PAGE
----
Thursday, November 29, 2012

Small Union Shuts Down LA Ports -- 40% of The Nation's Import Trade


December 7, 2012: after 2015, it's going to be more difficult for longshoremen at the LA Port / Long Beach Port to hold their employees hostage. Read the story at the link to see what this is all about:
Savannah’s rise was fueled by competitors’ misfortune when a 2002 West Coast dock strike -- more sweeping than the just- ended walkout at Los Angeles/Long Beach -- spurred customers to divert traffic to other eastern ports. Savannah’s volume surged 32 percent in 2003.
“Economists anticipated it would drop off after the West Coast reopened, but the next year it grew even more,” Siplon said. “Here was this sleepy little port, and shippers realized they got all their boxes through. It was a big testing point for Savannah and they passed and haven’t looked back.”
December 4, 2012: Seventeen ships have been diverted to other ports since the strike began. One port that loves the business: Ensenada, Mexico
The Southern California strike ended its first week Monday, with negotiations continuing but no signs of an immediate resolution.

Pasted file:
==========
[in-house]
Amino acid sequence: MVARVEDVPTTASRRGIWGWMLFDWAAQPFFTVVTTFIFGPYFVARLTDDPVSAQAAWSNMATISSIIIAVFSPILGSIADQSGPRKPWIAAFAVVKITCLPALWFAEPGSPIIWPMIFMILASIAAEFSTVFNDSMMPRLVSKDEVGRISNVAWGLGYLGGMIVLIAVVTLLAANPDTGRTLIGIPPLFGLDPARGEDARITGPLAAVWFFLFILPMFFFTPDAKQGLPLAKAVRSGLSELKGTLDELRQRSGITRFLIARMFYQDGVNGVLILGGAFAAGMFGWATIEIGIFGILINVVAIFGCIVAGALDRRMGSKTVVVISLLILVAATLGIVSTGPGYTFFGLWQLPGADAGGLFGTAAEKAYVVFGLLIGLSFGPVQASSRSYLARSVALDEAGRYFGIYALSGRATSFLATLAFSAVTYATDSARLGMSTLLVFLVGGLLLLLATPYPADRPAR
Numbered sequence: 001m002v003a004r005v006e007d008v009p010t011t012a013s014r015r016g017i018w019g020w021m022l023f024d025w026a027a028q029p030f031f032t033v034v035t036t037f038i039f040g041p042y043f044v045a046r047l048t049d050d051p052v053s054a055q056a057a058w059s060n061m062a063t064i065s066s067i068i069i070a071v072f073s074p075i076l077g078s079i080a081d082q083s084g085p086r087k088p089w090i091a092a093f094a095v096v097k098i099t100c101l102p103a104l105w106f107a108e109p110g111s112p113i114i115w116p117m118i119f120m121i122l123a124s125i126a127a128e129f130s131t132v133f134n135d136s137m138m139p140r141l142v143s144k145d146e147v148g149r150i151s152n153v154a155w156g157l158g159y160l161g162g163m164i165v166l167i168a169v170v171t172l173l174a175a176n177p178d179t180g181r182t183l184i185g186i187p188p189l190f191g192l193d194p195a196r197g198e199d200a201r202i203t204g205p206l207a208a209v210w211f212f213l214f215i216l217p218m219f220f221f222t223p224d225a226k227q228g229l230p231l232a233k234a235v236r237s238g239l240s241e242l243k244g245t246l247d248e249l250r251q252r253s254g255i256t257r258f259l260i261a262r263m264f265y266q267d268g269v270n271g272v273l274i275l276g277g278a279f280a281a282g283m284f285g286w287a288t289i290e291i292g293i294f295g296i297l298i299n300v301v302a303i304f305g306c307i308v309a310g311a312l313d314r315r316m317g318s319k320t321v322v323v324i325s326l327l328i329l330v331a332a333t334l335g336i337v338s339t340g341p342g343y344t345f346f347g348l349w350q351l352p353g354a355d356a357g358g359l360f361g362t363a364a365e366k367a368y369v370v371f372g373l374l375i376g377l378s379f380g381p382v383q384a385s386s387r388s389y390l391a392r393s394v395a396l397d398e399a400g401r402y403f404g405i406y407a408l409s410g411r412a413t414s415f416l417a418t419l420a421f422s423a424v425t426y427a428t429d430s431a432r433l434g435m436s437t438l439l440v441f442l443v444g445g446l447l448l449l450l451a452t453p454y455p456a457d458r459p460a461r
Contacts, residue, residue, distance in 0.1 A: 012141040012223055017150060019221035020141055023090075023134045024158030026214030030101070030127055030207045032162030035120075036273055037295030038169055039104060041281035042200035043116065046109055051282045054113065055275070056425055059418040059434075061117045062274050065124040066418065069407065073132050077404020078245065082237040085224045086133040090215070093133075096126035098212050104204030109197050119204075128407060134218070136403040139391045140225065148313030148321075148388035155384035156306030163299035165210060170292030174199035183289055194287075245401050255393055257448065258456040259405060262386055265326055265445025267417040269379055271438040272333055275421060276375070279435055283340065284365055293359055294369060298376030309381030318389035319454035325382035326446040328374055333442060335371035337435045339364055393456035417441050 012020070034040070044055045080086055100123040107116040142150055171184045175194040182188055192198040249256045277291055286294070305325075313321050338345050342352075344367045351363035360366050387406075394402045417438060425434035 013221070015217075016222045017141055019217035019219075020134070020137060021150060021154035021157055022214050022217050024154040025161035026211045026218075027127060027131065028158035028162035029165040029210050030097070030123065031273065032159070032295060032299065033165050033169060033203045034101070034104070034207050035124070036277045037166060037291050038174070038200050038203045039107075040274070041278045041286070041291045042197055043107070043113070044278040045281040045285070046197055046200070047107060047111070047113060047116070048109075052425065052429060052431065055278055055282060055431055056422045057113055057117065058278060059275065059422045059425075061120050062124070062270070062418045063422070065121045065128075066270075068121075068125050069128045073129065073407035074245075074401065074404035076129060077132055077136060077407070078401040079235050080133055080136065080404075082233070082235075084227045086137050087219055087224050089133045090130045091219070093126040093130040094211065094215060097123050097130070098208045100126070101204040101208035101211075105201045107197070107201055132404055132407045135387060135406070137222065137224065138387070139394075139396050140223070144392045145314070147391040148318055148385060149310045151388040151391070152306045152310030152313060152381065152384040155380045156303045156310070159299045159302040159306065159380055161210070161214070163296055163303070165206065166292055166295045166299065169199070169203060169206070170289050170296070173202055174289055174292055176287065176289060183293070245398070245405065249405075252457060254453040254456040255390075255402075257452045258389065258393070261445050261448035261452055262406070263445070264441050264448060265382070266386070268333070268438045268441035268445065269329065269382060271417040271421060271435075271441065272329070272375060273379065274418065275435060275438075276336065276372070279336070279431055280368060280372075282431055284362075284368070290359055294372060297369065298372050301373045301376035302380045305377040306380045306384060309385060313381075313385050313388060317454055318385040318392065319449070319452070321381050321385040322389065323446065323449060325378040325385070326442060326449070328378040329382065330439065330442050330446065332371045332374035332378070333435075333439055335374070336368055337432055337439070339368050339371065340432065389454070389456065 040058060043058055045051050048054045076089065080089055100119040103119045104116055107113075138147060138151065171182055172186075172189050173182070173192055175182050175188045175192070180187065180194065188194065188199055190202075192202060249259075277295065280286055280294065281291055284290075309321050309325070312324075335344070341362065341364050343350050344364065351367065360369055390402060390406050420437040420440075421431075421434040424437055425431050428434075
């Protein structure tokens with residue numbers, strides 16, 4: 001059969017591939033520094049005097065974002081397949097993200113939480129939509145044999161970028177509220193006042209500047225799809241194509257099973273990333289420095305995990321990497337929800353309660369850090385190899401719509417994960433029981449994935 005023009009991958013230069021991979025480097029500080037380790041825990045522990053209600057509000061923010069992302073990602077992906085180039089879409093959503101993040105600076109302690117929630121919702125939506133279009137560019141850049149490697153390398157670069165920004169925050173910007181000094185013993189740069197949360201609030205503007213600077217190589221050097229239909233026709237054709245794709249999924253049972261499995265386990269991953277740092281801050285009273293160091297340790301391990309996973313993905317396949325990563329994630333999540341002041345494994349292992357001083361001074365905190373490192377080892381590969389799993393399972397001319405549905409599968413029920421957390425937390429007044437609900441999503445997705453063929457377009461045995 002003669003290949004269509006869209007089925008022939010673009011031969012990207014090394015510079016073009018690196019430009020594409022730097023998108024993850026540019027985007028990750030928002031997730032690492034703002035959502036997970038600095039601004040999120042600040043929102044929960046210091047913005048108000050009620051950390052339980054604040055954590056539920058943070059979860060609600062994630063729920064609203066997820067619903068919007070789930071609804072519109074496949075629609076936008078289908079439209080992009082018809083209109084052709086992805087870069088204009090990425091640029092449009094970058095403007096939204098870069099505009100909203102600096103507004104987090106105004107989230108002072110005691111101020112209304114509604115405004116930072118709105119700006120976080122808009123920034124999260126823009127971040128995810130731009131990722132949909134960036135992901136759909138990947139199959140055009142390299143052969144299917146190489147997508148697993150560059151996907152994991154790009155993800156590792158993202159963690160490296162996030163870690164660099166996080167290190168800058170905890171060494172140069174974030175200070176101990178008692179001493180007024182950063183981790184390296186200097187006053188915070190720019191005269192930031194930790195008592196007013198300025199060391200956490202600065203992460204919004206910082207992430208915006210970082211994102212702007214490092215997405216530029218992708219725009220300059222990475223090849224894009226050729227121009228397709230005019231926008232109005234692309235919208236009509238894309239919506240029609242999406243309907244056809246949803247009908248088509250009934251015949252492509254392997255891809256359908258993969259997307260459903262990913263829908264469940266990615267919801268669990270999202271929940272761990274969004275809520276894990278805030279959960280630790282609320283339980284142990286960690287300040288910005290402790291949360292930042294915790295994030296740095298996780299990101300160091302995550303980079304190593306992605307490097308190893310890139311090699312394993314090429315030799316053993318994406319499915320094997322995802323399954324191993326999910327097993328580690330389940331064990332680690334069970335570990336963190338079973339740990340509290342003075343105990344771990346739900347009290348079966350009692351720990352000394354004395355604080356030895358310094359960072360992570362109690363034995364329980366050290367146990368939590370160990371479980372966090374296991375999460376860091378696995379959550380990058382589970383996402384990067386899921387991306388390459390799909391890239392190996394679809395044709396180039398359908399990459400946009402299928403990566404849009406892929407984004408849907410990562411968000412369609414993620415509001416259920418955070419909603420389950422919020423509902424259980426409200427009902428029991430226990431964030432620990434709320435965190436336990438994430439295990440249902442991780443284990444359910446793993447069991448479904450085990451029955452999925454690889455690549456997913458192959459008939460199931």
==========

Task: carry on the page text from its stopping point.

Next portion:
The strike by the International Longshore and Warehouse Union Local 63 Office Clerical Unit, which handles paperwork for incoming and outgoing ships, has crippled the nation's two busiest cargo ports.
The union won't accept a salary offer of $195,000, up from their current salary of $165,000.  Other unions have honored the strike.  Two words: Economic.Suicide.

Original Post

Link here to LA Times.

A judge ordered the union back to work but the union refused.

During the past several years there has been a move for shippers to find alternate ports. This could hasten those efforts. I haven't heard much about the huge new Mexican port lately.
"The danger here is that this could call into question the reliability of the San Pedro Harbor ports," O'Connell said. "The Wal-Marts and the Home Depots may be forced to think twice about relying on these ports as their primary gateway."
The San Pedro Harbor ports are the Los Angeles Port and the Long Beach Port.

From an old 2008 LA Times story:
Mexico's government is preparing to open bidding on the largest infrastructure project in the nation's history, a $4-billion seaport that could transform this farming village into a cargo hub to rival the ports of Los Angeles and Long Beach.
If completed as planned by 2014, the port would be the linchpin of a new shipping route linking the Pacific Ocean to America's heartland. Vessels bearing shipping containers from Asia would offload them here on Mexico's Baja peninsula, about 150 miles south of Tijuana, where they would be whisked over newly constructed rail lines to the United States.
My hunch: the strike will not last long. 

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